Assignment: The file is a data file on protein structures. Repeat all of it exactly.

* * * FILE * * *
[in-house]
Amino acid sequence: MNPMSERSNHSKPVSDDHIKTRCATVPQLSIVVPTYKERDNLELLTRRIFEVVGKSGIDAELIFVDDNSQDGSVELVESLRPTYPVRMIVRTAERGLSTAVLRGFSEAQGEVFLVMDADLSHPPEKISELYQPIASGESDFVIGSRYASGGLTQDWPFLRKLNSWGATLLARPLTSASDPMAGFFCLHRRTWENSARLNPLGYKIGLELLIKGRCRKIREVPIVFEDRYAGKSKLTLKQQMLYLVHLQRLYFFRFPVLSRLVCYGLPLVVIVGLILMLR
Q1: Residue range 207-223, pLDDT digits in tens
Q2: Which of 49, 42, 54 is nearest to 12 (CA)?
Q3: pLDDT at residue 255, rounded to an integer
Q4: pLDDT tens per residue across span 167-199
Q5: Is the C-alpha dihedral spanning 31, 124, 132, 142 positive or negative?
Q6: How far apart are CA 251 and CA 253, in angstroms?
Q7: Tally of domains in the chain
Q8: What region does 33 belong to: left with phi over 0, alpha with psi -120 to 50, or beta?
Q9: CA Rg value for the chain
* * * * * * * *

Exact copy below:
[in-house]
Amino acid sequence: MNPMSERSNHSKPVSDDHIKTRCATVPQLSIVVPTYKERDNLELLTRRIFEVVGKSGIDAELIFVDDNSQDGSVELVESLRPTYPVRMIVRTAERGLSTAVLRGFSEAQGEVFLVMDADLSHPPEKISELYQPIASGESDFVIGSRYASGGLTQDWPFLRKLNSWGATLLARPLTSASDPMAGFFCLHRRTWENSARLNPLGYKIGLELLIKGRCRKIREVPIVFEDRYAGKSKLTLKQQMLYLVHLQRLYFFRFPVLSRLVCYGLPLVVIVGLILMLR
Q1: Residue range 207-223, pLDDT digits in tens
Q2: Which of 49, 42, 54 is nearest to 12 (CA)?
Q3: pLDDT at residue 255, rounded to an integer
Q4: pLDDT tens per residue across span 167-199
Q5: Is the C-alpha dihedral spanning 31, 124, 132, 142 positive or negative?
Q6: How far apart are CA 251 and CA 253, in angstroms?
Q7: Tally of domains in the chain
Q8: What region does 33 belong to: left with phi over 0, alpha with psi -120 to 50, or beta?
Q9: CA Rg value for the chain